Stephanie’s No. 1 temptation, Ranger, is also struggling. There’s a killer in town with a personal vendetta against him. If Ranger wants to survive, he’ll need Stephanie’s help – and to reveal a piece of his mysterious past.

Death threats, highly trained assassins and highly untrained assassins are all in a day’s work for bounty hunter Stephanie Plum!


Competition time – I have been running a competition on Twitter to giveaway a copy of Top Secret Twenty One. However, I want people to come and see my blog pages too  so I will give away a second copy of Janet Evanovich’s new Stephanie Plum novel here on my blog.  To register your entry all you need to do is leave a comment on this post telling me who you would trust most with your Top Secret. Personally, I have a 4 year old who cannot keep a secret for more than 10 seconds so it would be anyone bar him!

I will select a winner on the evening of Sunday 27th July. Sadly this if for UK readers only I am afraid – Good Luck!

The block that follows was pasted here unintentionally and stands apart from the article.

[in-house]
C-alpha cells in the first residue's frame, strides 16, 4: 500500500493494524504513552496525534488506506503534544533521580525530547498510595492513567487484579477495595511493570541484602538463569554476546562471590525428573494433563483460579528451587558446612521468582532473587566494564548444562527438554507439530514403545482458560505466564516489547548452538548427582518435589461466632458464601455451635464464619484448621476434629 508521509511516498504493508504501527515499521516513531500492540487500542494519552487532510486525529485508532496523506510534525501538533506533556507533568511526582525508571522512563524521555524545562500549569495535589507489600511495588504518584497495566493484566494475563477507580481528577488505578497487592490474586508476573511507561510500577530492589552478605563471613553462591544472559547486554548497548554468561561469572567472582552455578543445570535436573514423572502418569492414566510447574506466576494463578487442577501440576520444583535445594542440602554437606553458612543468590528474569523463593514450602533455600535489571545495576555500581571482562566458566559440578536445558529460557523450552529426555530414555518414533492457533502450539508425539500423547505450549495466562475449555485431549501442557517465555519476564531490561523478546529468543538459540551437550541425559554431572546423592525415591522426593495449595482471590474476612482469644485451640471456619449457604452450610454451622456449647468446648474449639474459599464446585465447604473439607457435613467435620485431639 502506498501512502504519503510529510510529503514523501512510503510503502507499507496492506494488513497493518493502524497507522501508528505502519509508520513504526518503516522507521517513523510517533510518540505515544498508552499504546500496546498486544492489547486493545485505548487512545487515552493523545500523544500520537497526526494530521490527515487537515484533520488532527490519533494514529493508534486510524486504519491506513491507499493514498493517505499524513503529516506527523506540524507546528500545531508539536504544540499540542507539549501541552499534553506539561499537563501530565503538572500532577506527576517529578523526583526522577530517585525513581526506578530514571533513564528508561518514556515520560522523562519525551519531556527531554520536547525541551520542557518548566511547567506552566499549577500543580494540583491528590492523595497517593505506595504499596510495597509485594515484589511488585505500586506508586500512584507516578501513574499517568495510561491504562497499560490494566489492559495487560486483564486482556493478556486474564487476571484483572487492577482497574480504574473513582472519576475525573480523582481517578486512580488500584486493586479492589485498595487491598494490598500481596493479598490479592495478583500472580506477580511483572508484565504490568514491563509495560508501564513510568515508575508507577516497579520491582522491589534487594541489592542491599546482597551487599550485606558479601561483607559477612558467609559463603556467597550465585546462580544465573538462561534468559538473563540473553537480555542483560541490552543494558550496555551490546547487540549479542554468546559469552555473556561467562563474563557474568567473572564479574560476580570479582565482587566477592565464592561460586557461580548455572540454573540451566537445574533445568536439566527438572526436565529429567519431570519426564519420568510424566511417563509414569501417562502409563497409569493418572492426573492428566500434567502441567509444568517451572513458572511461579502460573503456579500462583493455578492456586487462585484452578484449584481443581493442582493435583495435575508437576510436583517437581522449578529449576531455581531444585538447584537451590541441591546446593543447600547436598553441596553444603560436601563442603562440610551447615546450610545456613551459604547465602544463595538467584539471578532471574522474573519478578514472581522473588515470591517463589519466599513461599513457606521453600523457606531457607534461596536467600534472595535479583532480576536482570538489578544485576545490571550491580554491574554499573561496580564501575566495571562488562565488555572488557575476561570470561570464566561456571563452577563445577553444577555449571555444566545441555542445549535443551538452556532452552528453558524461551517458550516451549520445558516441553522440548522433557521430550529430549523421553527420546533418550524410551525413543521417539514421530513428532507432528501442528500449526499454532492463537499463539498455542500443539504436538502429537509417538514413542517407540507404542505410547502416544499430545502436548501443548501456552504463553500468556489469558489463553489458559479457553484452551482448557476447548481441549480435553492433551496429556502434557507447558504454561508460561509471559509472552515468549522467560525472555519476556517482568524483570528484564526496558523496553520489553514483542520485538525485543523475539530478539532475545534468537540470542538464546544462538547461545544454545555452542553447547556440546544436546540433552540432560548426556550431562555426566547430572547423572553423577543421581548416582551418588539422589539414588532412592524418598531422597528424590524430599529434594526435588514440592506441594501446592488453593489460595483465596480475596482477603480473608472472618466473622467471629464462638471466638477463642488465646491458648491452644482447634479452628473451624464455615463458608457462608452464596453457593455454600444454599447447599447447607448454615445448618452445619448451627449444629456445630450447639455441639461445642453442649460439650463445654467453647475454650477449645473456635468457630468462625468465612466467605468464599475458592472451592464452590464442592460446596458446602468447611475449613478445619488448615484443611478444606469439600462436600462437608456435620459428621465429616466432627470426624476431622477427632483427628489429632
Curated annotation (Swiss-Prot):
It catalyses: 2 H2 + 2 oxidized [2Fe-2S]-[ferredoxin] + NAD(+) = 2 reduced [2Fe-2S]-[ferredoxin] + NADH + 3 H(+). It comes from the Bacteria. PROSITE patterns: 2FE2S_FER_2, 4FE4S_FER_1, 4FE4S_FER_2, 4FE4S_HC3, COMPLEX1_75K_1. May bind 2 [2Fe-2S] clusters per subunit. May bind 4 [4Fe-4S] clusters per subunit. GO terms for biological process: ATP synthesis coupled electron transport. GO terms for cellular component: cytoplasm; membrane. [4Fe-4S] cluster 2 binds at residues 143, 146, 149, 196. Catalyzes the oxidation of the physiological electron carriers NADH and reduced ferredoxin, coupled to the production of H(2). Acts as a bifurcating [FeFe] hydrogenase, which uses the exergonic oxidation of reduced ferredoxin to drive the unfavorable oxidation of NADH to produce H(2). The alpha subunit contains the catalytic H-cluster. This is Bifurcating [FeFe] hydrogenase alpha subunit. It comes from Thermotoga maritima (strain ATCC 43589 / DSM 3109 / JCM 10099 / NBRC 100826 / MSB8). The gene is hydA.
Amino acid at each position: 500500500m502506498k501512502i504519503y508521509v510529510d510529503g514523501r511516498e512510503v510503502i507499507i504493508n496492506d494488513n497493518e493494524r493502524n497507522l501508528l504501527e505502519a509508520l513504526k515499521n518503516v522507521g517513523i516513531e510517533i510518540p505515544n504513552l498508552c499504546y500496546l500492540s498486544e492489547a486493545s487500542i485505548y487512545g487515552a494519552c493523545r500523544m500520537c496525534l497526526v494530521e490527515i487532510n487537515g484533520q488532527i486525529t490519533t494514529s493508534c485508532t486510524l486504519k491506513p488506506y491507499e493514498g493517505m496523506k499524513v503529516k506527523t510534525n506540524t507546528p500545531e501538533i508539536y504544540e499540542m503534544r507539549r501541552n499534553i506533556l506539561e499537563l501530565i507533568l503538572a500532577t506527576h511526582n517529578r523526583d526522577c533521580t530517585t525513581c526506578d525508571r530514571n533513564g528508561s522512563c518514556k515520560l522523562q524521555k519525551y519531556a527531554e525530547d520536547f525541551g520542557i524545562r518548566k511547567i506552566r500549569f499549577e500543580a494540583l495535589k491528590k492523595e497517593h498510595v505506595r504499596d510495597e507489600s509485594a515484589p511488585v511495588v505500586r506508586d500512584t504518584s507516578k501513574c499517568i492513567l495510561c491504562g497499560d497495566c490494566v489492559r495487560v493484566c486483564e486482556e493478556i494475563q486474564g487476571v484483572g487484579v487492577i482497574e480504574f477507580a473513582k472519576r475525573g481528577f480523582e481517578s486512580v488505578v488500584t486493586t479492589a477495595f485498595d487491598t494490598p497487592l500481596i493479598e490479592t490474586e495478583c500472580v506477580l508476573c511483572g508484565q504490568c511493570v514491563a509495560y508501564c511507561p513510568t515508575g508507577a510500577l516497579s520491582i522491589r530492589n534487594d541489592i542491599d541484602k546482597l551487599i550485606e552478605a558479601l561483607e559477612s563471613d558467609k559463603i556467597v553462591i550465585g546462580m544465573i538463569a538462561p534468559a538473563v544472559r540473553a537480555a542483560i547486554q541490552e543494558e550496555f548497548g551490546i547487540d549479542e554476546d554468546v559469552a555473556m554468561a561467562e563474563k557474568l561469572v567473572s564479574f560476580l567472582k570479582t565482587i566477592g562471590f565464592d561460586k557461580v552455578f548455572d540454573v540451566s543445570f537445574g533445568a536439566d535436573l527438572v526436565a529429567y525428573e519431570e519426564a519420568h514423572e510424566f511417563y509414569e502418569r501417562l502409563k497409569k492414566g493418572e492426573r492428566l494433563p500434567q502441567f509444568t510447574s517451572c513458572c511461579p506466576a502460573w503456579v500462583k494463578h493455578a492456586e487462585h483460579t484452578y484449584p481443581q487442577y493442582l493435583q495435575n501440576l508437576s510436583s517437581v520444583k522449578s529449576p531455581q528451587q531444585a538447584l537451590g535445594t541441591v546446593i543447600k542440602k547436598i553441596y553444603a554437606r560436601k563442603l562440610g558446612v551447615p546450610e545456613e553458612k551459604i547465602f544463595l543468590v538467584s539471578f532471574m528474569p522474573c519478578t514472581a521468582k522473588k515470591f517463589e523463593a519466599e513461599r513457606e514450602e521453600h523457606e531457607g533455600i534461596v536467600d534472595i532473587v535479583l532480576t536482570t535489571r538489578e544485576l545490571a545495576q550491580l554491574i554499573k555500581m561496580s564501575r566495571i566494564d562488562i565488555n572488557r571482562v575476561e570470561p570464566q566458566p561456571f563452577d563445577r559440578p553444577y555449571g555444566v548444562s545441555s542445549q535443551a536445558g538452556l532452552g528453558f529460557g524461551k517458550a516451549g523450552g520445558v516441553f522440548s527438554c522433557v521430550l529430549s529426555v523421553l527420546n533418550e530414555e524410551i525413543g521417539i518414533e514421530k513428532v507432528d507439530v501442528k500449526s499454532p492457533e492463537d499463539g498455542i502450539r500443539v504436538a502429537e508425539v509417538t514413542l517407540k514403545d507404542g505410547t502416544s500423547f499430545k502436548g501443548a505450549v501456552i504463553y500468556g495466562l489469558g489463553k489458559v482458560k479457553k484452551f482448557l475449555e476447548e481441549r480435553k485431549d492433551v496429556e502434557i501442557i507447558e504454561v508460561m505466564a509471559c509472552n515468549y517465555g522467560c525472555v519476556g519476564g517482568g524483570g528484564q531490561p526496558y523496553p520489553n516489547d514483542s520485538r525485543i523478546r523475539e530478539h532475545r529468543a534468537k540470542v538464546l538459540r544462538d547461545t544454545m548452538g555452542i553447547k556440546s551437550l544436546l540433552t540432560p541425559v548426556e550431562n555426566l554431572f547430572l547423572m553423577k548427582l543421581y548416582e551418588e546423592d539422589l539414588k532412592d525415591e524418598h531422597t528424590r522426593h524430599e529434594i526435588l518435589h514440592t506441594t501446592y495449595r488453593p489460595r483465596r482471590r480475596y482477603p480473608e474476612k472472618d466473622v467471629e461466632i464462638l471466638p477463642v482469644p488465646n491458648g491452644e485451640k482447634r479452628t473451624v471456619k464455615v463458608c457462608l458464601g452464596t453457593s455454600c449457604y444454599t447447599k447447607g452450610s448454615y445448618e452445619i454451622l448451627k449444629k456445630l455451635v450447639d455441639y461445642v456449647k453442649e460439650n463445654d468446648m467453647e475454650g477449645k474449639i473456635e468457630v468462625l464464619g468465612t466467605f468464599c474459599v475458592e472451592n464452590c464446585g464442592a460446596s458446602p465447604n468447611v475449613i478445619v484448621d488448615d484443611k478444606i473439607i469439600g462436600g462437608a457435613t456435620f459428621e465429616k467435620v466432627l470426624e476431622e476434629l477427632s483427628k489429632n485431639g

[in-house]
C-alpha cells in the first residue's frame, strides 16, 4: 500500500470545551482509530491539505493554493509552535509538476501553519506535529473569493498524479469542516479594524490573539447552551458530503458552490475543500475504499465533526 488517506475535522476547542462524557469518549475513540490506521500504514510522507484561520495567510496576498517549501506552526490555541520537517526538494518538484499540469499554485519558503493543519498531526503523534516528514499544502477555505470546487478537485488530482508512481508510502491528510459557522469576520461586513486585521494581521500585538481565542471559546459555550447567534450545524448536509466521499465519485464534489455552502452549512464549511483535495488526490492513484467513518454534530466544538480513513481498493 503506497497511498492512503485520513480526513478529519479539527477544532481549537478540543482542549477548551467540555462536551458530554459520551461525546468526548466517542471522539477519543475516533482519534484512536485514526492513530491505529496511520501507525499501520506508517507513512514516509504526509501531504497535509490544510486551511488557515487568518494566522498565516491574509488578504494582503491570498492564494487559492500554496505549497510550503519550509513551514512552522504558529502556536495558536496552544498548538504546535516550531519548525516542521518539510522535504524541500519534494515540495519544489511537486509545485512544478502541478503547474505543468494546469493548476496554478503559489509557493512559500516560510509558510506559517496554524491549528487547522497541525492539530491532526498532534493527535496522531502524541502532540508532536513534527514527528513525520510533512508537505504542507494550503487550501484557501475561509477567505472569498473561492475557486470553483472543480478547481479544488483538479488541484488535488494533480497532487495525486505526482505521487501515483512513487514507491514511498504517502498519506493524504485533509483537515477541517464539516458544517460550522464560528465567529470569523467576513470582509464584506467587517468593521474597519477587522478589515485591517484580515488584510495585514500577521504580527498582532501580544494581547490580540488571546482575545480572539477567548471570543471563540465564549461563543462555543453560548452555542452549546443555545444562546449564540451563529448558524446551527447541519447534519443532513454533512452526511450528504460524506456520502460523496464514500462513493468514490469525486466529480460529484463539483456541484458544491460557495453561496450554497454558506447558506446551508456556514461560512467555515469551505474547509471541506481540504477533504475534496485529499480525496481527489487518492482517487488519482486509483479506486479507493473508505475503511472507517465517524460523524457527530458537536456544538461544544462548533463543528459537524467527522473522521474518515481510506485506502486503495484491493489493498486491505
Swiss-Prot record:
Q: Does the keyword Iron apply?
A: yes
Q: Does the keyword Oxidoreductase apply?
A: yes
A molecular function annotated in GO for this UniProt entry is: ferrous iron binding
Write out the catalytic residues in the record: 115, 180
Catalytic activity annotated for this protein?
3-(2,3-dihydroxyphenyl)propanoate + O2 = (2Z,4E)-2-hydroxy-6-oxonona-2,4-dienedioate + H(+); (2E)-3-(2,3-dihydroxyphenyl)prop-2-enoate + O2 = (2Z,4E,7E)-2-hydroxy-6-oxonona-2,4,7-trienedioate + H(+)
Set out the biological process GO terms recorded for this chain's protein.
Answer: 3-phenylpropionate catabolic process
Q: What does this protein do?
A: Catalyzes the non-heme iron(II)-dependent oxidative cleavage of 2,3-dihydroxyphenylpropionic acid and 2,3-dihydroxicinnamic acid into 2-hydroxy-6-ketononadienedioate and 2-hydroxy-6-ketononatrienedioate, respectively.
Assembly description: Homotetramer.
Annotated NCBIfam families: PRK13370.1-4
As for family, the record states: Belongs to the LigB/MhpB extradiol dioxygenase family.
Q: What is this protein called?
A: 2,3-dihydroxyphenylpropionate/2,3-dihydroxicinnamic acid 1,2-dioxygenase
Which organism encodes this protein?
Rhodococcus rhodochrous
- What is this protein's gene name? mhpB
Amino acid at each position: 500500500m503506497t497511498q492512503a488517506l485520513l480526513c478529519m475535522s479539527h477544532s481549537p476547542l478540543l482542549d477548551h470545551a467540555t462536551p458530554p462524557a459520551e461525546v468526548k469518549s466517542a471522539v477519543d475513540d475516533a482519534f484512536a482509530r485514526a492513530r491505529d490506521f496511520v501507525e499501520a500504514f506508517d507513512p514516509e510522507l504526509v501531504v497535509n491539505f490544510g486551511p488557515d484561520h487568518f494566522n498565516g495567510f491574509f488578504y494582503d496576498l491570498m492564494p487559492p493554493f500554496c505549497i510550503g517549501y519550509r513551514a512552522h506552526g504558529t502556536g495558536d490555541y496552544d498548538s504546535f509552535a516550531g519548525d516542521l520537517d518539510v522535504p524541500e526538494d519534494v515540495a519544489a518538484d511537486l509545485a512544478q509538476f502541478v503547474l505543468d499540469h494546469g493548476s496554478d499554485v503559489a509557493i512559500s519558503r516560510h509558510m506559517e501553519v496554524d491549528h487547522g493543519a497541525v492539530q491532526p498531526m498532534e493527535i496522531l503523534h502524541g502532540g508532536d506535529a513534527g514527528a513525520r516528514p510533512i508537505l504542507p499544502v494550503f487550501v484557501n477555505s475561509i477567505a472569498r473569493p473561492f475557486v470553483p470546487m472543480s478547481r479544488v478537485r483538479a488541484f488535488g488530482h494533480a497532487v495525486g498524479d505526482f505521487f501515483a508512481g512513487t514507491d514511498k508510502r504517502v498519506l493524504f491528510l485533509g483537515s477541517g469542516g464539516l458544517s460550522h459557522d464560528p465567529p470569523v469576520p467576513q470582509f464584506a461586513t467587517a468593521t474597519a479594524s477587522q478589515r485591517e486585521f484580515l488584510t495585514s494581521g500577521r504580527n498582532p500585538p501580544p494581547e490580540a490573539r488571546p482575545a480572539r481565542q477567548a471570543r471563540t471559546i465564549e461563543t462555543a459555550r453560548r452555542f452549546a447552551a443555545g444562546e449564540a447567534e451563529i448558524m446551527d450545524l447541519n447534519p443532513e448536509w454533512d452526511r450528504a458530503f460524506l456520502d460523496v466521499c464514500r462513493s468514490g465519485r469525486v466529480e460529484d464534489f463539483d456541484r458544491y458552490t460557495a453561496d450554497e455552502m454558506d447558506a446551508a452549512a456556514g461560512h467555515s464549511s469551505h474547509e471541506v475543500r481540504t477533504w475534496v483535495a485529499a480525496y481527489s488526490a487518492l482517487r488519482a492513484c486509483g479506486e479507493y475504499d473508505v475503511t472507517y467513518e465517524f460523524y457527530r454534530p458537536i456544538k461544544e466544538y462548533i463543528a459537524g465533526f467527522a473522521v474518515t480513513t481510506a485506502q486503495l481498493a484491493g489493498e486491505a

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July 17

In Progress…

I am trying to divide my reading time between too many books this week!

After a weekend trip to Englandshire I forgot to bring my Kindle home. Fortunately my family were continuing the holiday without me (work commitments) so the Kindle and I will soon be reunited – but it left me on paperbacks for the week.

As it turns out this has been a bit of a blessing as I got to catch up on a Stephanie Plum novel (from Janet Evanovich). Although the series has now reached the 21st book, I am dragging my heels and have only just finished Smokin’ Seventeen.

The lovely people at my local library kept me going in Evanovich novels for a few weeks last year and I romped through the first 14 books in record time. Cracking, entertainment with humour and excitement in equal doses. However, I didn’t want to catch up with all the books in one run as I liked the idea of still having a few books left to read so I took an enforced break for several months.  That period of self denial is over and am loving reading about Stephanie Plum again.